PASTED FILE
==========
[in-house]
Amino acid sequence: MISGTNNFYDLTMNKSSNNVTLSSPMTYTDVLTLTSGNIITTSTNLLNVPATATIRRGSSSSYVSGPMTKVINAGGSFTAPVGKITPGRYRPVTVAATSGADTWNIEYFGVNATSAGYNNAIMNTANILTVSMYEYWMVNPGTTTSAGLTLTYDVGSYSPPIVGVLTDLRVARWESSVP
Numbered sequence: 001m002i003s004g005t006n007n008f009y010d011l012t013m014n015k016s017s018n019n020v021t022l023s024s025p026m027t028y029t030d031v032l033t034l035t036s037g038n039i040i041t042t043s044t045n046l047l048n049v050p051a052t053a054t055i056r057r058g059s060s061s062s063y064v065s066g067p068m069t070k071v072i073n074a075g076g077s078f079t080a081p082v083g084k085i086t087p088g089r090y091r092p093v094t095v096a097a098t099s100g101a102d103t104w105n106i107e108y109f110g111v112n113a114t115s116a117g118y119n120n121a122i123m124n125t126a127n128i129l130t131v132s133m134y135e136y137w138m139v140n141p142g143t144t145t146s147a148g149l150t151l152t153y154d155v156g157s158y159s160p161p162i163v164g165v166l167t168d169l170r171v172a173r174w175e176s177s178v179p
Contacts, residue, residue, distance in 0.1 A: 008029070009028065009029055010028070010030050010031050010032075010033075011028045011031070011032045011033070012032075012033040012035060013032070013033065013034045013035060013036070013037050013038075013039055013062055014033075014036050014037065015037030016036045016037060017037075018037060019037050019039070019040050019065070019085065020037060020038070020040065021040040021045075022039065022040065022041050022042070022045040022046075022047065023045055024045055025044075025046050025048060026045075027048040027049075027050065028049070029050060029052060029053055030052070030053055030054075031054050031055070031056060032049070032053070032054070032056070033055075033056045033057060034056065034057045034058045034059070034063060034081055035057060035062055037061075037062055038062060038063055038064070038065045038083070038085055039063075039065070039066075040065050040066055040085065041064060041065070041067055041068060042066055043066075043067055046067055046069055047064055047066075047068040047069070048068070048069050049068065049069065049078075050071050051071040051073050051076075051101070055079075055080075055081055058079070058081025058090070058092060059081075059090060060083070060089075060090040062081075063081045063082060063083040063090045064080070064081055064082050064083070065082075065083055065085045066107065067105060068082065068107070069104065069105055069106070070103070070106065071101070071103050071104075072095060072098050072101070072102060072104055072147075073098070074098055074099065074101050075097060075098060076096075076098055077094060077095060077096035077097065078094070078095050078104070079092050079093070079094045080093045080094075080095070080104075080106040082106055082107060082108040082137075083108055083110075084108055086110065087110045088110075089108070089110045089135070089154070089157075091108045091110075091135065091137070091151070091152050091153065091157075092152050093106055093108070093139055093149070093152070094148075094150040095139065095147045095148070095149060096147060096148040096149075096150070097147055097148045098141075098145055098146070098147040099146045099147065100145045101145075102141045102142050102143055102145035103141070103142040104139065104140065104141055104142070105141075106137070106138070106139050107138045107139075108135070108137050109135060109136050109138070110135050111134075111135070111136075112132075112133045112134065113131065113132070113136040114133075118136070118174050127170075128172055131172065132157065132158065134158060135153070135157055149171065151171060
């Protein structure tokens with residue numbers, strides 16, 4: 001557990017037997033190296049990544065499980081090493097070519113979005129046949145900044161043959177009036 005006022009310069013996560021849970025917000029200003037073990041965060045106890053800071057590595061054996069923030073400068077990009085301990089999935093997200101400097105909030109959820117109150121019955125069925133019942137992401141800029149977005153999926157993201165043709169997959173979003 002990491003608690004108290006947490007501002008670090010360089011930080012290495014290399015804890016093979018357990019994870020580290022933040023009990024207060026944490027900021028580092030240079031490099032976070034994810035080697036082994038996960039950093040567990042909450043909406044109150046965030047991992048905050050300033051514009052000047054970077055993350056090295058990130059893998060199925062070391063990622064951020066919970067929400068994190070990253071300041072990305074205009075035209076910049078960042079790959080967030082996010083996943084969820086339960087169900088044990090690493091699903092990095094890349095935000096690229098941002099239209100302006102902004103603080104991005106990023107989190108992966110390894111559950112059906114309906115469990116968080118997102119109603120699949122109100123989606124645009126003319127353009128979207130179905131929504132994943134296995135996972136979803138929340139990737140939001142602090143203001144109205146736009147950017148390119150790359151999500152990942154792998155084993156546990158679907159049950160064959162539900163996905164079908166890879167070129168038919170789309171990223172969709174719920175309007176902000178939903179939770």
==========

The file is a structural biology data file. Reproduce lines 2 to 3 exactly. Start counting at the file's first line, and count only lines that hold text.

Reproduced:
Amino acid sequence: MISGTNNFYDLTMNKSSNNVTLSSPMTYTDVLTLTSGNIITTSTNLLNVPATATIRRGSSSSYVSGPMTKVINAGGSFTAPVGKITPGRYRPVTVAATSGADTWNIEYFGVNATSAGYNNAIMNTANILTVSMYEYWMVNPGTTTSAGLTLTYDVGSYSPPIVGVLTDLRVARWESSVP
Numbered sequence: 001m002i003s004g005t006n007n008f009y010d011l012t013m014n015k016s017s018n019n020v021t022l023s024s025p026m027t028y029t030d031v032l033t034l035t036s037g038n039i040i041t042t043s044t045n046l047l048n049v050p051a052t053a054t055i056r057r058g059s060s061s062s063y064v065s066g067p068m069t070k071v072i073n074a075g076g077s078f079t080a081p082v083g084k085i086t087p088g089r090y091r092p093v094t095v096a097a098t099s100g101a102d103t104w105n106i107e108y109f110g111v112n113a114t115s116a117g118y119n120n121a122i123m124n125t126a127n128i129l130t131v132s133m134y135e136y137w138m139v140n141p142g143t144t145t146s147a148g149l150t151l152t153y154d155v156g157s158y159s160p161p162i163v164g165v166l167t168d169l170r171v172a173r174w175e176s177s178v179p